I was slightly fretful about keeping up my efforts for Every Day in May this weekend, as we were spending a couple of nights in Kent, at my parents’ home. Fortunately, my mother’s garden has long been better tended than ours (Kent is, after all, known as the “Garden of England”) so there was plenty of flora to attract me – though for the first of these drawings, I was forced to sit and sketch from inside the patio doors due to the incessant rain.

Weigela florida (Bristol Ruby) and Centaurea cyanus (Cornflower)


Back home yesterday evening, I fitted in a quickie of one of our recently-acquired courgette plants, which (to my surprise) are growing visibly by the day.

Courgette

Finally, today’s unidentified shrub. I’m not normally a fan of shrubby things, but the vibrant greenish-yellow of its leaves attracted me today. As usual, I’ve drawn only a small section, but I would love to know what this might be, if anybody has a clue.


Since hitting the halfway mark on Every Day in May, I’ve found myself slightly resentful of this self-imposed daily discipline, yet compelled to do my daily drawing. Where circumstances have made this tricky (seemingly no free slot in the day … wet weather, or having to stand in the cold to sketch … a family member trying to direct my attention to every flower in the garden but the one I’m trying to draw) I have developed strategies and shortcuts. In other words, though this exercise is hardly going to turn me into a top-class botanical illustrator, it seems it may just be making me a more confident and committed sketcher.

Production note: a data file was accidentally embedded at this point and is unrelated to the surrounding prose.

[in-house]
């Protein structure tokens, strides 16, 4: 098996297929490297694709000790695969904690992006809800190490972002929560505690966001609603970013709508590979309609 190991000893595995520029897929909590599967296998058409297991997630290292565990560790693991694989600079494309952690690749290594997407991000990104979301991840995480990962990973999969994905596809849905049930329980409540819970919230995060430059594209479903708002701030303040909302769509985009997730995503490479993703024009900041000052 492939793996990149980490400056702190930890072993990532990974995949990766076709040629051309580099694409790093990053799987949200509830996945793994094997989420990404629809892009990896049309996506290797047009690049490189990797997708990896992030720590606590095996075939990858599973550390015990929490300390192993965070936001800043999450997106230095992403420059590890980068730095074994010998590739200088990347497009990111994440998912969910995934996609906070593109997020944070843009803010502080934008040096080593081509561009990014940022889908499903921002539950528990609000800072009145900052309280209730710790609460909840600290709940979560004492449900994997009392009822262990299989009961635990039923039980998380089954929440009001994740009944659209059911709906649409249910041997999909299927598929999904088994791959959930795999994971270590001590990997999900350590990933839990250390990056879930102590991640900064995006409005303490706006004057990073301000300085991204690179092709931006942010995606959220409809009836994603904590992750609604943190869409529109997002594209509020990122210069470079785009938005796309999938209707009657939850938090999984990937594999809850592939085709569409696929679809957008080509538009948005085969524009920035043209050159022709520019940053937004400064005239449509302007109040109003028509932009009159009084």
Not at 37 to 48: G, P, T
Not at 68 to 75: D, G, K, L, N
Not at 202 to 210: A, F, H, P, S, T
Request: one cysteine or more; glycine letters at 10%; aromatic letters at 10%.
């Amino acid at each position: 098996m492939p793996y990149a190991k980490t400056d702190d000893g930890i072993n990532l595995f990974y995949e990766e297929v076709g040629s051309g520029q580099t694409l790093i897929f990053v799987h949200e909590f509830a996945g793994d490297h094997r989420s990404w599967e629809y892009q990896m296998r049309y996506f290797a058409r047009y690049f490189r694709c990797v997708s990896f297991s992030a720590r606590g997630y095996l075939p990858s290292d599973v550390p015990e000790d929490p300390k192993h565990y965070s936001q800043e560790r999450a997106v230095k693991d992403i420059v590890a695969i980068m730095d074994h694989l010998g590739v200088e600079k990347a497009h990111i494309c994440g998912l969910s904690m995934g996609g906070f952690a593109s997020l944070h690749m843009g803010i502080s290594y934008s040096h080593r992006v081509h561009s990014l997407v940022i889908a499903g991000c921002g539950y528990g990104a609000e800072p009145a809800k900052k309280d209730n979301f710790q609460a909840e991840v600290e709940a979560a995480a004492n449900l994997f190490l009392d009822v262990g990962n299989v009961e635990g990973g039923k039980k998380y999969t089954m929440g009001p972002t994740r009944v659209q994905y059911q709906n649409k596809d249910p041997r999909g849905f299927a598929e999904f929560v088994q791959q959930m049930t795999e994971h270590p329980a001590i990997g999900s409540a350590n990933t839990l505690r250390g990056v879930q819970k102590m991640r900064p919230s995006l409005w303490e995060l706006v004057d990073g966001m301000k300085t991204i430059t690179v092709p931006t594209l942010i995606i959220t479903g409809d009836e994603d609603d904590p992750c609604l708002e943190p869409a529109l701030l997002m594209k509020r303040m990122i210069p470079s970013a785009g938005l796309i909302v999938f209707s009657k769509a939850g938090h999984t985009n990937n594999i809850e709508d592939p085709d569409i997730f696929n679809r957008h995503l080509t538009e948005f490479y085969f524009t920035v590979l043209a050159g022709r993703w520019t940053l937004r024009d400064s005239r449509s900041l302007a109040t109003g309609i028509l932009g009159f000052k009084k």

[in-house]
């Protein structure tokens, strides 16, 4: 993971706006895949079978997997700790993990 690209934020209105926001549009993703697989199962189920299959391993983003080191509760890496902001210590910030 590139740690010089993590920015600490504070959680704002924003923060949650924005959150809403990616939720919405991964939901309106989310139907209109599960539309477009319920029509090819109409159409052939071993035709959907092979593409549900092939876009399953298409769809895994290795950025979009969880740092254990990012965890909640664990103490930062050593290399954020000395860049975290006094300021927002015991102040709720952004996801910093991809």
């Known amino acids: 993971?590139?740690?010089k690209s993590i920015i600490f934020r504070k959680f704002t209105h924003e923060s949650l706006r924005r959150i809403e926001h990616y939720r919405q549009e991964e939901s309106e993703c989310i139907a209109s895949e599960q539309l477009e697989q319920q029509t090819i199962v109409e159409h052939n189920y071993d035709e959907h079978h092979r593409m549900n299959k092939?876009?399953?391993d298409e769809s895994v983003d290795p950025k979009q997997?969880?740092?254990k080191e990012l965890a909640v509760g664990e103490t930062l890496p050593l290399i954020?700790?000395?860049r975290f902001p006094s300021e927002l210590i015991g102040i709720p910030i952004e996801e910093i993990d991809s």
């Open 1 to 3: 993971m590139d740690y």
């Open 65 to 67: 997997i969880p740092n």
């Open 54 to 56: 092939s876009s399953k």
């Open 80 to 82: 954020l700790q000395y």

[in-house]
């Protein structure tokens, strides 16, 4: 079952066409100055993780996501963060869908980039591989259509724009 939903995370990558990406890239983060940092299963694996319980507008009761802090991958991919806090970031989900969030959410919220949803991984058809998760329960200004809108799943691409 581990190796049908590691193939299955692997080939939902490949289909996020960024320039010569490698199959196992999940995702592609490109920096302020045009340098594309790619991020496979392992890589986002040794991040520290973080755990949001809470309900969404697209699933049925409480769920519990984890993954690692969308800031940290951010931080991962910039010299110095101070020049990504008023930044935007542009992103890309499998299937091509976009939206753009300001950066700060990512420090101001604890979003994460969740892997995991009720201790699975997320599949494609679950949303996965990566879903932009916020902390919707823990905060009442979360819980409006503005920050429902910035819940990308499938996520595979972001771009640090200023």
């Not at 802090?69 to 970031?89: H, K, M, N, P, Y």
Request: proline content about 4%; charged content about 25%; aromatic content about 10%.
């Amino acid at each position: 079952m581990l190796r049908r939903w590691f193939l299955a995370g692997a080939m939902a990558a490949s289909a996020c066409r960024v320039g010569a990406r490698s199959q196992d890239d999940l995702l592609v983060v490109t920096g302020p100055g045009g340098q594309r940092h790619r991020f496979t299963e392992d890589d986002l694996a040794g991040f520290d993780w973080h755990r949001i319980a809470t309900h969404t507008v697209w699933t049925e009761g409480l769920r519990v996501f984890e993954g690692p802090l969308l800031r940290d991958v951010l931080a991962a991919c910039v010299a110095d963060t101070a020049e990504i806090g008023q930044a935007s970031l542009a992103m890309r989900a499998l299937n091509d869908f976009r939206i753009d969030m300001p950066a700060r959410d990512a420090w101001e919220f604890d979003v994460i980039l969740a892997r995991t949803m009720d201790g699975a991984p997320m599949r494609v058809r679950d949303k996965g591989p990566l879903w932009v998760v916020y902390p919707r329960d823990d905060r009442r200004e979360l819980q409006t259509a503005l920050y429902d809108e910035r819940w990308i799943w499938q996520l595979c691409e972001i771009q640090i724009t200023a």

Various combinations of pen, Inktense, watercolour coloured pencil, watercolour pencil & touches of white gel marker in Japanese-fold Pocket Moleskine.

EDM #4: Draw your mug or cup

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My wizardy dragon-handle mug was bought in 1994, in a favourite shop (long since closed down) on the Isle of Wight. Cider and mulled wine taste especially good out of this mug.

Pen & watercolour in Canson w/c sketchbook.

Canson d’amour … and 2 EDMs

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Thursdays are the day I try to put guilt and unfinished tasks aside for the purposes of making some sort of art, or at least feeding my creativity.

Today, eagerly clutching my new Canson watercolour sketchbook, I started out by sketching my panini (EDM Challenge #162: Draw your breakfast) – the first time I can recall being bold enough to use my watercolours in a coffee shop. I went on to draw one of the little yellow garden chairs I’d snapped up for my daughter for 50p apiece at a local playgroup, which I picked up on my way home (EDM #30: Draw a chair). A small drawing of two of the pencils I used for today’s instalment of Every Day in May completed the page.


The Canson is a sexy beast: beautiful red cover, black linen binder and corners, and two page markers. The watercolour surface is smooth, with a texture close to good-quality cartridge paper that also happily accepts fine pen, coloured pencil and gouache. I’m so happy to have it, I find myself hugging it at frequent intervals. Sketchbook nerdism. What can I say.